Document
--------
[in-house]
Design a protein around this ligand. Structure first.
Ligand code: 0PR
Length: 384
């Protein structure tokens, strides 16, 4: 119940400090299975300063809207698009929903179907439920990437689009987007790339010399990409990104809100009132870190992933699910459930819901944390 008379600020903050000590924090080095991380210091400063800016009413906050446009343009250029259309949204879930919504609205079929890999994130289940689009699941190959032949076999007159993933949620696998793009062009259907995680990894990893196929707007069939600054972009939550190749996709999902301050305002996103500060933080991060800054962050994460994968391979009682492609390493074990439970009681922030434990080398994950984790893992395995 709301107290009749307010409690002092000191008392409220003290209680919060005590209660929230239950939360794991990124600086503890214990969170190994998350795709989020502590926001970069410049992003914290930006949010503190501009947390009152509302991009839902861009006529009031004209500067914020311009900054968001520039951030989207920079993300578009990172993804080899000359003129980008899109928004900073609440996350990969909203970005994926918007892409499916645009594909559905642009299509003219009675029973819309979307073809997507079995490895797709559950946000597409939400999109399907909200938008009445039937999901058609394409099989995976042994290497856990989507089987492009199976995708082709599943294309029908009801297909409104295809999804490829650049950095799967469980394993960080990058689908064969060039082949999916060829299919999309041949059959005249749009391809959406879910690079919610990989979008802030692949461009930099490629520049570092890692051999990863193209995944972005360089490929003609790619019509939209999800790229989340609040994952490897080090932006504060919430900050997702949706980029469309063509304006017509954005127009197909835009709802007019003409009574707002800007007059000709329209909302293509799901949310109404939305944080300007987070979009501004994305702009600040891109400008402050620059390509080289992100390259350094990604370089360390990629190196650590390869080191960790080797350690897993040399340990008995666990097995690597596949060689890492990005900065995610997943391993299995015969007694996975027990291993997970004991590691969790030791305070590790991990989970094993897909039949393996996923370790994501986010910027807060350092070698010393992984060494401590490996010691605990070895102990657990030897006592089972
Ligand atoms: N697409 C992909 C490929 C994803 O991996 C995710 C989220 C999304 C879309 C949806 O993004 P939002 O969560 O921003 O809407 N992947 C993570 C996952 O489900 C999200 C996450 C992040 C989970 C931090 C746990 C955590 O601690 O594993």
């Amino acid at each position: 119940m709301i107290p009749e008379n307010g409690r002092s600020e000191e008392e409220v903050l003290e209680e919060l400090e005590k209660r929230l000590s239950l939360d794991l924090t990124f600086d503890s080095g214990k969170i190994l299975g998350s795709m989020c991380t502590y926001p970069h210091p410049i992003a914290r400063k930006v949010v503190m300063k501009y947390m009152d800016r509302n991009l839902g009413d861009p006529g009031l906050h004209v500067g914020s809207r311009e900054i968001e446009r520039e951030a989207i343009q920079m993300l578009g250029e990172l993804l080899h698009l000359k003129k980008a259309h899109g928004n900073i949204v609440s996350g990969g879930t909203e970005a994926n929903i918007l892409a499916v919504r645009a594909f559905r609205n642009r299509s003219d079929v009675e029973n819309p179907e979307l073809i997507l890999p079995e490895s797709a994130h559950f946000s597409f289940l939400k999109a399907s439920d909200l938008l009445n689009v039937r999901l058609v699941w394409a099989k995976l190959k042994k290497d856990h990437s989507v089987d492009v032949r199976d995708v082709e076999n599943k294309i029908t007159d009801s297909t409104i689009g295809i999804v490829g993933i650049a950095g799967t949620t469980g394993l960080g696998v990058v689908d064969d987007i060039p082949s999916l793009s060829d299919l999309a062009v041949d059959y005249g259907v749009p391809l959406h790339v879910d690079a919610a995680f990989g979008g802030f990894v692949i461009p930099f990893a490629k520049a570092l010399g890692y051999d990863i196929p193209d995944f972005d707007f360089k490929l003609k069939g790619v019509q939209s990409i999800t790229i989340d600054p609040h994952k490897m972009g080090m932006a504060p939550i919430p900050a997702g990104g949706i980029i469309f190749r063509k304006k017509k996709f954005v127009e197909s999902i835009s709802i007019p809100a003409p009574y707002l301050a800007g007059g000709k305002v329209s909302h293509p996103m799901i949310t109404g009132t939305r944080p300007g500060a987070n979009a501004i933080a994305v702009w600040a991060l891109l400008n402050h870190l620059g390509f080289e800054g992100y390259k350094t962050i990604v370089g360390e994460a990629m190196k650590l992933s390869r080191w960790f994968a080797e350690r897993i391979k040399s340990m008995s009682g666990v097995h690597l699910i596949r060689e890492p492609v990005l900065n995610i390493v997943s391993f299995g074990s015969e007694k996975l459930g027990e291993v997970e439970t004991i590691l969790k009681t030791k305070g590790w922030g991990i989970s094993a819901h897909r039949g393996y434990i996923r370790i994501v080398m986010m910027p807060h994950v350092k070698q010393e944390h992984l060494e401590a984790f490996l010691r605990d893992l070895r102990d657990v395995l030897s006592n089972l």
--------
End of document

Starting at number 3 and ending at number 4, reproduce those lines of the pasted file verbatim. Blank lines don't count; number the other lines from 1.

Ligand code: 0PR
Length: 384